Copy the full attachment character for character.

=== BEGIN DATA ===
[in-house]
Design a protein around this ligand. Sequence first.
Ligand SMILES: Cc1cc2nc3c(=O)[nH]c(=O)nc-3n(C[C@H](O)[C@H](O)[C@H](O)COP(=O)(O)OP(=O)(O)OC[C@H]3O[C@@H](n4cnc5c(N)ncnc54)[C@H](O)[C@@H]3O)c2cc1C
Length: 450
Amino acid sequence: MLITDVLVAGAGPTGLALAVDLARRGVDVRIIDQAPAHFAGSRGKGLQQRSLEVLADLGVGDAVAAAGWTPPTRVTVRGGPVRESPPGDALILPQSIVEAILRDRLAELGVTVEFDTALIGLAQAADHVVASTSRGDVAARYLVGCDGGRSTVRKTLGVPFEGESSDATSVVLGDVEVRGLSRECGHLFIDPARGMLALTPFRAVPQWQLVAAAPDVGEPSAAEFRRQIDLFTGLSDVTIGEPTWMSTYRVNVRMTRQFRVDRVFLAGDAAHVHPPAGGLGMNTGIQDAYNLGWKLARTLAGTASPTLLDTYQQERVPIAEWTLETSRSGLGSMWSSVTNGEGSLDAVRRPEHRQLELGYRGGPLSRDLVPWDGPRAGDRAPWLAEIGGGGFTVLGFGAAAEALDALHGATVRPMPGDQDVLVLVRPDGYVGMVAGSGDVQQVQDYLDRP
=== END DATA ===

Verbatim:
[in-house]
Design a protein around this ligand. Sequence first.
Ligand SMILES: Cc1cc2nc3c(=O)[nH]c(=O)nc-3n(C[C@H](O)[C@H](O)[C@H](O)COP(=O)(O)OP(=O)(O)OC[C@H]3O[C@@H](n4cnc5c(N)ncnc54)[C@H](O)[C@@H]3O)c2cc1C
Length: 450
Amino acid sequence: MLITDVLVAGAGPTGLALAVDLARRGVDVRIIDQAPAHFAGSRGKGLQQRSLEVLADLGVGDAVAAAGWTPPTRVTVRGGPVRESPPGDALILPQSIVEAILRDRLAELGVTVEFDTALIGLAQAADHVVASTSRGDVAARYLVGCDGGRSTVRKTLGVPFEGESSDATSVVLGDVEVRGLSRECGHLFIDPARGMLALTPFRAVPQWQLVAAAPDVGEPSAAEFRRQIDLFTGLSDVTIGEPTWMSTYRVNVRMTRQFRVDRVFLAGDAAHVHPPAGGLGMNTGIQDAYNLGWKLARTLAGTASPTLLDTYQQERVPIAEWTLETSRSGLGSMWSSVTNGEGSLDAVRRPEHRQLELGYRGGPLSRDLVPWDGPRAGDRAPWLAEIGGGGFTVLGFGAAAEALDALHGATVRPMPGDQDVLVLVRPDGYVGMVAGSGDVQQVQDYLDRP